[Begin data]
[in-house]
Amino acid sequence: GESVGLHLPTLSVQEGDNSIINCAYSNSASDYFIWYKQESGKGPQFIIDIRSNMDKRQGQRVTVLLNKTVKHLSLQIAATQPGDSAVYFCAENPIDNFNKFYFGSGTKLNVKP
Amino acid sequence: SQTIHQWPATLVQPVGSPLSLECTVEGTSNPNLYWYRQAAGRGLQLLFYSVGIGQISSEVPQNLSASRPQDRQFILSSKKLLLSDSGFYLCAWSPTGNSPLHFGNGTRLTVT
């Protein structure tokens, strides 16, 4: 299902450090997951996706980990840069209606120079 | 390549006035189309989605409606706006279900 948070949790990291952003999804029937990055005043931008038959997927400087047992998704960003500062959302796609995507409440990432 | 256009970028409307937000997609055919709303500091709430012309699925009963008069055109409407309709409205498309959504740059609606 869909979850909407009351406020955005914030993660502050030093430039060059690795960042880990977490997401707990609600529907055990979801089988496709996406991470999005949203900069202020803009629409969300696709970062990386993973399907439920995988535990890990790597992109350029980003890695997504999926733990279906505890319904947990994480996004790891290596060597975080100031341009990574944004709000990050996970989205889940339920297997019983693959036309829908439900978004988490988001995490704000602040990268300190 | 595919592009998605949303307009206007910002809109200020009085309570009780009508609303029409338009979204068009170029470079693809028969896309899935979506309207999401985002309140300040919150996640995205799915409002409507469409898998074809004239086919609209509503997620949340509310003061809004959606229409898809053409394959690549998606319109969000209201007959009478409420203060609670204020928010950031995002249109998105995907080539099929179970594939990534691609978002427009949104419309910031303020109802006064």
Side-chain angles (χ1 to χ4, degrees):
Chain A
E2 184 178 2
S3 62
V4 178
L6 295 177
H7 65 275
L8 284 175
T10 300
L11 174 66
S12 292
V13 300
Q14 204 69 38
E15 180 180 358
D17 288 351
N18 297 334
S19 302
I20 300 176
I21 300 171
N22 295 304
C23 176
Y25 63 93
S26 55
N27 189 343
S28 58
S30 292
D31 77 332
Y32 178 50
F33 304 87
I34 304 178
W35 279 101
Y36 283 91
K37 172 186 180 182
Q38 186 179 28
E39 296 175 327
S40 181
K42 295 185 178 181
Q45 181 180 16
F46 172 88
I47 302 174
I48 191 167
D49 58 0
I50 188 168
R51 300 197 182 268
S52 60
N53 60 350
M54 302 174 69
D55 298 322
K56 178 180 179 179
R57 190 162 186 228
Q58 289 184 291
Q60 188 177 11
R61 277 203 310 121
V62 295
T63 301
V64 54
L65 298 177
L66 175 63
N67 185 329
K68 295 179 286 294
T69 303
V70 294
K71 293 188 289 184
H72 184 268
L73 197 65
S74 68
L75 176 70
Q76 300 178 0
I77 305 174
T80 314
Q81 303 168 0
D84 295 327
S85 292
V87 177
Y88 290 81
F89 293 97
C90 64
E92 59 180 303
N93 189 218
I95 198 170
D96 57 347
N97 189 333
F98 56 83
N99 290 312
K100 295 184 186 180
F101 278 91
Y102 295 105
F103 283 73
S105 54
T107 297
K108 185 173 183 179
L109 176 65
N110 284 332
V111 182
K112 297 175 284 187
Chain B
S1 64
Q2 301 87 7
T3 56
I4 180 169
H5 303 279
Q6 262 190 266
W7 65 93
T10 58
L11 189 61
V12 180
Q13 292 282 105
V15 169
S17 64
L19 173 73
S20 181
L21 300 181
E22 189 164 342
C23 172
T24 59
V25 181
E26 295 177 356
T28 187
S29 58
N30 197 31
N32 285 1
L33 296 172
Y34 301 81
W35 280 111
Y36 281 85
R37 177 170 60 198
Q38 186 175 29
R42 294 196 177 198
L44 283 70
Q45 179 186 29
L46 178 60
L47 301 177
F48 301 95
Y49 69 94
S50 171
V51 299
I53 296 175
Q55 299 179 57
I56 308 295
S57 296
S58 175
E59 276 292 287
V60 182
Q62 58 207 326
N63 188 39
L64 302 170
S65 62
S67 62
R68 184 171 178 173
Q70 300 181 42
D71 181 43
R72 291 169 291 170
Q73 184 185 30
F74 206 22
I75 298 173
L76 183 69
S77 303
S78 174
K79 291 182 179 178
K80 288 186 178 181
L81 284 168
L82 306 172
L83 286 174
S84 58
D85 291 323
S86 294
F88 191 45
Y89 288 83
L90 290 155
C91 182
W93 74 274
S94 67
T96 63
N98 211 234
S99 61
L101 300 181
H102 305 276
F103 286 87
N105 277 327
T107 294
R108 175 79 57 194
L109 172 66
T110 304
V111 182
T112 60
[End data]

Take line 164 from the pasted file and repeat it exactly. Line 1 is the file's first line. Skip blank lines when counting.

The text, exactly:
K80 288 186 178 181